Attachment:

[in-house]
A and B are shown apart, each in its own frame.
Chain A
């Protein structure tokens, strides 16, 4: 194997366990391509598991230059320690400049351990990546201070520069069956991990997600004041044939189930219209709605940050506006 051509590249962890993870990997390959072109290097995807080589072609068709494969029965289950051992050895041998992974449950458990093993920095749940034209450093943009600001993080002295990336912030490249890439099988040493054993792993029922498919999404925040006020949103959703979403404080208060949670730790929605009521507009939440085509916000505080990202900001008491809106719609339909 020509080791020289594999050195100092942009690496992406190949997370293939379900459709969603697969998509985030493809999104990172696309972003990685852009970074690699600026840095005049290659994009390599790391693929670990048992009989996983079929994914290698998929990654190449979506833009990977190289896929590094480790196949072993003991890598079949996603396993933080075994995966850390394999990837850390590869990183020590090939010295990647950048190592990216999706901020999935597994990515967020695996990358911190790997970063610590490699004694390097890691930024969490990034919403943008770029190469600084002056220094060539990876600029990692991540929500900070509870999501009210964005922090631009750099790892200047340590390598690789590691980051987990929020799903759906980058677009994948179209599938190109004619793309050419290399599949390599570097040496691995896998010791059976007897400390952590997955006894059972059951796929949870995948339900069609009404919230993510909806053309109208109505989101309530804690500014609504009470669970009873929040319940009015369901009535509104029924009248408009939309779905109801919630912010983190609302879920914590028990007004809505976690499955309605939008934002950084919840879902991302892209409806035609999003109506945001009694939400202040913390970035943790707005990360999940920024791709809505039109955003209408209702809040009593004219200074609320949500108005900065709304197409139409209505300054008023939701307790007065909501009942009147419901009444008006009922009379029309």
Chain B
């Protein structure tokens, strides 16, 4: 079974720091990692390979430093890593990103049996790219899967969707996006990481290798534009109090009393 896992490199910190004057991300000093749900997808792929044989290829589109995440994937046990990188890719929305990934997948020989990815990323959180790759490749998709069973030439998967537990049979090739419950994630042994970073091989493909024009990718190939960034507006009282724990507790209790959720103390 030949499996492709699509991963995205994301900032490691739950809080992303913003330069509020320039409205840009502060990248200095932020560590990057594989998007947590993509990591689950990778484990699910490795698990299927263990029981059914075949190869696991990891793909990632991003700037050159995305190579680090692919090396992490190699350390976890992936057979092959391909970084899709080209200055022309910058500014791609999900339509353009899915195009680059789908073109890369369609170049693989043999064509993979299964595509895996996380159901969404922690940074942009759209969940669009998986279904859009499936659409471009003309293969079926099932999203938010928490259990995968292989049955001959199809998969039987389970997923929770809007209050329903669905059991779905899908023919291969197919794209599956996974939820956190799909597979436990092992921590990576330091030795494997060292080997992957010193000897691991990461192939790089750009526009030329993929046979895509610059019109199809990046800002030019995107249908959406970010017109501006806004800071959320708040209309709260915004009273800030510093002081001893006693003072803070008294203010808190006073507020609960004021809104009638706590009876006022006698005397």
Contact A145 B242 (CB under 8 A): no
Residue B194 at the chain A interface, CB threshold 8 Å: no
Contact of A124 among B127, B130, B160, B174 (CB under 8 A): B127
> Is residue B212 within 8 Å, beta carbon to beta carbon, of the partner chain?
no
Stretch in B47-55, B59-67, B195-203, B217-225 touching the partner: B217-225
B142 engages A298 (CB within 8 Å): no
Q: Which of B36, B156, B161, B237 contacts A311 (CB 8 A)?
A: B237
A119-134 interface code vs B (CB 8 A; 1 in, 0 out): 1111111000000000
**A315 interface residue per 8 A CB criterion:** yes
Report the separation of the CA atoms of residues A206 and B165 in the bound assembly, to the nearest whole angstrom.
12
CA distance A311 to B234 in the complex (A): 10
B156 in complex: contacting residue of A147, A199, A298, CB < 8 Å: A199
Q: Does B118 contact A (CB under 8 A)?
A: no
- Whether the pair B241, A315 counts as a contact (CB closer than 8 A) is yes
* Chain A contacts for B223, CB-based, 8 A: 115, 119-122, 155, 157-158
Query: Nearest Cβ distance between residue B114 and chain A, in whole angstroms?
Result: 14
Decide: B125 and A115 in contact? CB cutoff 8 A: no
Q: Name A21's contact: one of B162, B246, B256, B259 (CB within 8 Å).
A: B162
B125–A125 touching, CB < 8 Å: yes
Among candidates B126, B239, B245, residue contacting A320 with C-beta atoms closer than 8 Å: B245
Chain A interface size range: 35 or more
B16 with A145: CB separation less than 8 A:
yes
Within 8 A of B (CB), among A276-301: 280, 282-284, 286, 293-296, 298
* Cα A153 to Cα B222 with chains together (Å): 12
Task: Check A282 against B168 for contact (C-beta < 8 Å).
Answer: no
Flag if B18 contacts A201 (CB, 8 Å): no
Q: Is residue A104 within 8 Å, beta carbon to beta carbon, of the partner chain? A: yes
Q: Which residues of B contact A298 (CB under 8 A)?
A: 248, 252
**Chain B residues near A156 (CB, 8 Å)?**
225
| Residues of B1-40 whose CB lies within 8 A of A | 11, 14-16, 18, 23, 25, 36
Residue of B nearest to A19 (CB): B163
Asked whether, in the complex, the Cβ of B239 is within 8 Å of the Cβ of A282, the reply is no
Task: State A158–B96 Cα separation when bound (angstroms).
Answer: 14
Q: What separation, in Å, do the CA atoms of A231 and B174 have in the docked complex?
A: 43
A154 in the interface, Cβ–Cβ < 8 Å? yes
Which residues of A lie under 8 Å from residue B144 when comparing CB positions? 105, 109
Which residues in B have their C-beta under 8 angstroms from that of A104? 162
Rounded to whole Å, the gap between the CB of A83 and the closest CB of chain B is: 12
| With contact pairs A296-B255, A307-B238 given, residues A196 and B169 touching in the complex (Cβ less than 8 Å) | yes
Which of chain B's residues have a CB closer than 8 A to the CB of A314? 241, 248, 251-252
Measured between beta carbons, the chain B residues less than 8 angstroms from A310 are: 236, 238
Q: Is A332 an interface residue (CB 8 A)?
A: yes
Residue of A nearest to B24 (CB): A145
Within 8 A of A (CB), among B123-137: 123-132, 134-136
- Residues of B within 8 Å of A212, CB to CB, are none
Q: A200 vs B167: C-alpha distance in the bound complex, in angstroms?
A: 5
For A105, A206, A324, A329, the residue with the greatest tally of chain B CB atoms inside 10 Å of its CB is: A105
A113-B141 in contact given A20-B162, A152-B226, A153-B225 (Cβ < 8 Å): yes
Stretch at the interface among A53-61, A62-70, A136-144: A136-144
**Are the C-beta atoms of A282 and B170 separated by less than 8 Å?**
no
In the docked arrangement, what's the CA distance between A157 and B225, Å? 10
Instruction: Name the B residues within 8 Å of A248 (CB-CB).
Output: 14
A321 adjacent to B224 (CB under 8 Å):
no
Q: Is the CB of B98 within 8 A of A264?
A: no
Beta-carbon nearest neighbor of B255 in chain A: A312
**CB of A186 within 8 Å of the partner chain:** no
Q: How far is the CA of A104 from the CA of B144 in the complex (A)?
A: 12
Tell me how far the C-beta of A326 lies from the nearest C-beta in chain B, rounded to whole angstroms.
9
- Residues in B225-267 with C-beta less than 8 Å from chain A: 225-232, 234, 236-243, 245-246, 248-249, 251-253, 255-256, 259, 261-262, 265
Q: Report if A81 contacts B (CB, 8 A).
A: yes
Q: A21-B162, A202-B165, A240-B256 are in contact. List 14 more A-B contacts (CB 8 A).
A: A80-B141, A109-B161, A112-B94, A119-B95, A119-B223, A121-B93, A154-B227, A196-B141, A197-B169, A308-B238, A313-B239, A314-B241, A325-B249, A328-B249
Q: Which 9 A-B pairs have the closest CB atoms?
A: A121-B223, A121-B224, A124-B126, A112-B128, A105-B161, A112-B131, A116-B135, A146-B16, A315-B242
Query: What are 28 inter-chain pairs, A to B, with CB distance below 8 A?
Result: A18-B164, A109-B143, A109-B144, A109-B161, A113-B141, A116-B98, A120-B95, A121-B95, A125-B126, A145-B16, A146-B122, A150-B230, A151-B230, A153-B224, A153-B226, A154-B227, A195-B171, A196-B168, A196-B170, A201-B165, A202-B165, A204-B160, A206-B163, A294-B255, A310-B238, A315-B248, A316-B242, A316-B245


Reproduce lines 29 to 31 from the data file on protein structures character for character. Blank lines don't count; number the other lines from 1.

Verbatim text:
Q: Name A21's contact: one of B162, B246, B256, B259 (CB within 8 Å).
A: B162
B125–A125 touching, CB < 8 Å: yes